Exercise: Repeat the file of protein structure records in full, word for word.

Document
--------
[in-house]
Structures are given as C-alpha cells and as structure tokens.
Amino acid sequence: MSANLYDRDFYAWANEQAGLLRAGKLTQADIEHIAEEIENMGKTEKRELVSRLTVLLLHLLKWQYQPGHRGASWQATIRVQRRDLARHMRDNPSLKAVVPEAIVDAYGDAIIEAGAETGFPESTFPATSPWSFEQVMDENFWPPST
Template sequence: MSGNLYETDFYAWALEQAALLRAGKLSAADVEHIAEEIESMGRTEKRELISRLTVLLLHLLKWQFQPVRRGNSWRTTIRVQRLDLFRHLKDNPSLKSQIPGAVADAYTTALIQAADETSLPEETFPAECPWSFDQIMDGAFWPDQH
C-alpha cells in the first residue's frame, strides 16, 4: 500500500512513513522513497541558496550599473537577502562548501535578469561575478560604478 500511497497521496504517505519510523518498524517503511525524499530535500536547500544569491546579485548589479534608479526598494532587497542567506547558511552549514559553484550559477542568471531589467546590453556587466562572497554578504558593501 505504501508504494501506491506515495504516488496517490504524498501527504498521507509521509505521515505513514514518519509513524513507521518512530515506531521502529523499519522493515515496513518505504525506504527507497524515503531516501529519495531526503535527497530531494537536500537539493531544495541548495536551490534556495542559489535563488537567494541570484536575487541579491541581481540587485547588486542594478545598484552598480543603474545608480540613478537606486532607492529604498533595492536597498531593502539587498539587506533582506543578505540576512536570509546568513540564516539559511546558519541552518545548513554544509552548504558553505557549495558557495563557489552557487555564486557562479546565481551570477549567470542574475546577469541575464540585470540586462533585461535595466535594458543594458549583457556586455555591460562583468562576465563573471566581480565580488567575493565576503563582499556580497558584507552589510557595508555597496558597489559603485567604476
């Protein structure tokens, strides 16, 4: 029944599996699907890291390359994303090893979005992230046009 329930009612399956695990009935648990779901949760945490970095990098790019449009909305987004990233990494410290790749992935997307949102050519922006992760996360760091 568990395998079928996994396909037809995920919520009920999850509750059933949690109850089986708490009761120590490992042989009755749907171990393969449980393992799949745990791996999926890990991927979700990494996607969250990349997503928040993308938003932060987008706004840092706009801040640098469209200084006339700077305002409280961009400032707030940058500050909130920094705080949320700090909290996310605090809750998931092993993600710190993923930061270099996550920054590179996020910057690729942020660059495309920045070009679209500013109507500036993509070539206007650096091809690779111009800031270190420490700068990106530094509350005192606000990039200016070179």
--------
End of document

[in-house]
Structures are given as C-alpha cells and as structure tokens.
Amino acid sequence: MSANLYDRDFYAWANEQAGLLRAGKLTQADIEHIAEEIENMGKTEKRELVSRLTVLLLHLLKWQYQPGHRGASWQATIRVQRRDLARHMRDNPSLKAVVPEAIVDAYGDAIIEAGAETGFPESTFPATSPWSFEQVMDENFWPPST
Template sequence: MSGNLYETDFYAWALEQAALLRAGKLSAADVEHIAEEIESMGRTEKRELISRLTVLLLHLLKWQFQPVRRGNSWRTTIRVQRLDLFRHLKDNPSLKSQIPGAVADAYTTALIQAADETSLPEETFPAECPWSFDQIMDGAFWPDQH
C-alpha cells in the first residue's frame, strides 16, 4: 500500500512513513522513497541558496550599473537577502562548501535578469561575478560604478 500511497497521496504517505519510523518498524517503511525524499530535500536547500544569491546579485548589479534608479526598494532587497542567506547558511552549514559553484550559477542568471531589467546590453556587466562572497554578504558593501 505504501508504494501506491506515495504516488496517490504524498501527504498521507509521509505521515505513514514518519509513524513507521518512530515506531521502529523499519522493515515496513518505504525506504527507497524515503531516501529519495531526503535527497530531494537536500537539493531544495541548495536551490534556495542559489535563488537567494541570484536575487541579491541581481540587485547588486542594478545598484552598480543603474545608480540613478537606486532607492529604498533595492536597498531593502539587498539587506533582506543578505540576512536570509546568513540564516539559511546558519541552518545548513554544509552548504558553505557549495558557495563557489552557487555564486557562479546565481551570477549567470542574475546577469541575464540585470540586462533585461535595466535594458543594458549583457556586455555591460562583468562576465563573471566581480565580488567575493565576503563582499556580497558584507552589510557595508555597496558597489559603485567604476
């Protein structure tokens, strides 16, 4: 029944599996699907890291390359994303090893979005992230046009 329930009612399956695990009935648990779901949760945490970095990098790019449009909305987004990233990494410290790749992935997307949102050519922006992760996360760091 568990395998079928996994396909037809995920919520009920999850509750059933949690109850089986708490009761120590490992042989009755749907171990393969449980393992799949745990791996999926890990991927979700990494996607969250990349997503928040993308938003932060987008706004840092706009801040640098469209200084006339700077305002409280961009400032707030940058500050909130920094705080949320700090909290996310605090809750998931092993993600710190993923930061270099996550920054590179996020910057690729942020660059495309920045070009679209500013109507500036993509070539206007650096091809690779111009800031270190420490700068990106530094509350005192606000990039200016070179």